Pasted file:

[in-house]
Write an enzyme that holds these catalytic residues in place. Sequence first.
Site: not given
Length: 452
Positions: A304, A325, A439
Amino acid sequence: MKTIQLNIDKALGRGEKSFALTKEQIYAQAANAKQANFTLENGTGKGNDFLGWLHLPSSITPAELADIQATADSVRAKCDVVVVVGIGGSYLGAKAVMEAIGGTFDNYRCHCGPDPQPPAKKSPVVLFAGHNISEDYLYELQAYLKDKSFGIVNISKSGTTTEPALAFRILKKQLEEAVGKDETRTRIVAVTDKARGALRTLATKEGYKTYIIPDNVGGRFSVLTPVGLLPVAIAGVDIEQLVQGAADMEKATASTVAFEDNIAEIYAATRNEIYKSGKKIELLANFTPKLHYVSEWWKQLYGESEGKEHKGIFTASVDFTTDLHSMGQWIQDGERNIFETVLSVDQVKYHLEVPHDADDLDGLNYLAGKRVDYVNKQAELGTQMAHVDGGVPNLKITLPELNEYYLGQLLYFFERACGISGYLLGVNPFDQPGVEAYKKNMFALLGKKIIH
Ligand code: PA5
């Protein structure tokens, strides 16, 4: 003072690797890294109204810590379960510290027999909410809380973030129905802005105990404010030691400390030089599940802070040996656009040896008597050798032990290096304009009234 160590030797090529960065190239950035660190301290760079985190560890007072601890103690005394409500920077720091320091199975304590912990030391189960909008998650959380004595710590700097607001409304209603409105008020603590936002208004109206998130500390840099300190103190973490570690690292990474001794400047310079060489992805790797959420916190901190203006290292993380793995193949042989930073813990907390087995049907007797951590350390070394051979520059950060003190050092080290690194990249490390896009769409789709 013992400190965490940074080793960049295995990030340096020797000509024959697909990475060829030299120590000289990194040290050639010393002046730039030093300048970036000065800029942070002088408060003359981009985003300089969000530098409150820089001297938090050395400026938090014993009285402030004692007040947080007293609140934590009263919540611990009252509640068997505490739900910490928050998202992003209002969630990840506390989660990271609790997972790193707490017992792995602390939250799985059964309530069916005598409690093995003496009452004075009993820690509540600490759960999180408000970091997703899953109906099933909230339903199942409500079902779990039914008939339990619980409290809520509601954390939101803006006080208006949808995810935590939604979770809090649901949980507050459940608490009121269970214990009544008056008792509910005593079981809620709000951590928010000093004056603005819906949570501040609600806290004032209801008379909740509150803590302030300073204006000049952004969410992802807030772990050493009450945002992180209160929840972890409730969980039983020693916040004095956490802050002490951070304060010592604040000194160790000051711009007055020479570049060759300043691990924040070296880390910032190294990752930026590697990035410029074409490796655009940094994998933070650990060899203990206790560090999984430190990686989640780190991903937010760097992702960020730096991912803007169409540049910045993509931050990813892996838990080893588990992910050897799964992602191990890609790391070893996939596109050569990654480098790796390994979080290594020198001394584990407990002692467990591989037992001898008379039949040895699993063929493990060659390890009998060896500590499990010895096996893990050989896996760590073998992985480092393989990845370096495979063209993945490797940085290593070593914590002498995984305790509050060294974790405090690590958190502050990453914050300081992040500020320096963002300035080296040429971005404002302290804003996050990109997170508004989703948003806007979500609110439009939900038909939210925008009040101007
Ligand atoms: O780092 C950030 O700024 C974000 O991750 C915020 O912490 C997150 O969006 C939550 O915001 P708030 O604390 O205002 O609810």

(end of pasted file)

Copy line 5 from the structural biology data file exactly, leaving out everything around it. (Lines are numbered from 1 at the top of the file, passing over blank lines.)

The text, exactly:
Positions: A304, A325, A439